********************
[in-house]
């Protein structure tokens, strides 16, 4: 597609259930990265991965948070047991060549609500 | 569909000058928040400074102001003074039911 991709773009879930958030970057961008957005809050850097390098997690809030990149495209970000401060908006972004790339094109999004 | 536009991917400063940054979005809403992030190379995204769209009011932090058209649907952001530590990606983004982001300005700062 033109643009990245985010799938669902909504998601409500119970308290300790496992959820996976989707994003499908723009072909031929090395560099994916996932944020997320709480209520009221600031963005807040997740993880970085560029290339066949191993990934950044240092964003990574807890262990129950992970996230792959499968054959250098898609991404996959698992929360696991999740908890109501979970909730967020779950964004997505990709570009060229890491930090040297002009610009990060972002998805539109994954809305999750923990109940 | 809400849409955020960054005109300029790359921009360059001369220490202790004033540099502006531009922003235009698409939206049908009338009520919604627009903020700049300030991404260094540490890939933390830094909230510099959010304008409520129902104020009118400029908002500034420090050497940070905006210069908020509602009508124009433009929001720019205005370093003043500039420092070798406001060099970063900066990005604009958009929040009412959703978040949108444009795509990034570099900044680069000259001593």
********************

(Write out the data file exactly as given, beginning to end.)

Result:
[in-house]
């Protein structure tokens, strides 16, 4: 597609259930990265991965948070047991060549609500 | 569909000058928040400074102001003074039911 991709773009879930958030970057961008957005809050850097390098997690809030990149495209970000401060908006972004790339094109999004 | 536009991917400063940054979005809403992030190379995204769209009011932090058209649907952001530590990606983004982001300005700062 033109643009990245985010799938669902909504998601409500119970308290300790496992959820996976989707994003499908723009072909031929090395560099994916996932944020997320709480209520009221600031963005807040997740993880970085560029290339066949191993990934950044240092964003990574807890262990129950992970996230792959499968054959250098898609991404996959698992929360696991999740908890109501979970909730967020779950964004997505990709570009060229890491930090040297002009610009990060972002998805539109994954809305999750923990109940 | 809400849409955020960054005109300029790359921009360059001369220490202790004033540099502006531009922003235009698409939206049908009338009520919604627009903020700049300030991404260094540490890939933390830094909230510099959010304008409520129902104020009118400029908002500034420090050497940070905006210069908020509602009508124009433009929001720019205005370093003043500039420092070798406001060099970063900066990005604009958009929040009412959703978040949108444009795509990034570099900044680069000259001593």